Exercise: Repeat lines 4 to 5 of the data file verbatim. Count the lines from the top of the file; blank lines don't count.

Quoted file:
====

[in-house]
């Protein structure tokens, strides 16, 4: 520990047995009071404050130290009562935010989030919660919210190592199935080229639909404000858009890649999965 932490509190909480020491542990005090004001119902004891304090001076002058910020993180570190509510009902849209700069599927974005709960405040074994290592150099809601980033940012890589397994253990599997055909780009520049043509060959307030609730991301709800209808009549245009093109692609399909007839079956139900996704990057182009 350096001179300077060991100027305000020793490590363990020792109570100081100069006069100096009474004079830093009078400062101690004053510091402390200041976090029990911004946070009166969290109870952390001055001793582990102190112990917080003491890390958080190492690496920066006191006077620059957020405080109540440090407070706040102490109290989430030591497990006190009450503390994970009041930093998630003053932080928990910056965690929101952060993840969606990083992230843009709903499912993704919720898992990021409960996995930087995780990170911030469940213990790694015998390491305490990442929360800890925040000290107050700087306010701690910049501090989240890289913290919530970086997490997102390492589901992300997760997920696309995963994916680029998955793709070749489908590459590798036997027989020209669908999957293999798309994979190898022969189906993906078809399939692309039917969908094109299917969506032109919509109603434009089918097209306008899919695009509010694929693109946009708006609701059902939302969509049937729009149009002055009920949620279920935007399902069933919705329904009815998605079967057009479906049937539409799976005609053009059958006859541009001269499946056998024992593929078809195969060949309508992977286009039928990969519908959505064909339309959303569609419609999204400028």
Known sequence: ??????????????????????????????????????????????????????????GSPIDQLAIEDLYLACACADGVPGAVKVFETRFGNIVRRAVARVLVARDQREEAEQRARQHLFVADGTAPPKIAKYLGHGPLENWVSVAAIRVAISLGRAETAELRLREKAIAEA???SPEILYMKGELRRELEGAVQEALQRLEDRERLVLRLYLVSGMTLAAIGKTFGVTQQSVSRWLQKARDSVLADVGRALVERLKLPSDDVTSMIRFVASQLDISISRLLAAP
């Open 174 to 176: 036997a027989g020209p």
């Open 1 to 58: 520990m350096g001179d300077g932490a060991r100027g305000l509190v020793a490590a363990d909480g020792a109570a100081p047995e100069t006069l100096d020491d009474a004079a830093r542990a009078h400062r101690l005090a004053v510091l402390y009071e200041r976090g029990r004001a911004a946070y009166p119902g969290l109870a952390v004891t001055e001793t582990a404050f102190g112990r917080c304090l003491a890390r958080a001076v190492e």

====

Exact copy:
């Open 174 to 176: 036997a027989g020209p």
């Open 1 to 58: 520990m350096g001179d300077g932490a060991r100027g305000l509190v020793a490590a363990d909480g020792a109570a100081p047995e100069t006069l100096d020491d009474a004079a830093r542990a009078h400062r101690l005090a004053v510091l402390y009071e200041r976090g029990r004001a911004a946070y009166p119902g969290l109870a952390v004891t001055e001793t582990a404050f102190g112990r917080c304090l003491a890390r958080a001076v190492e």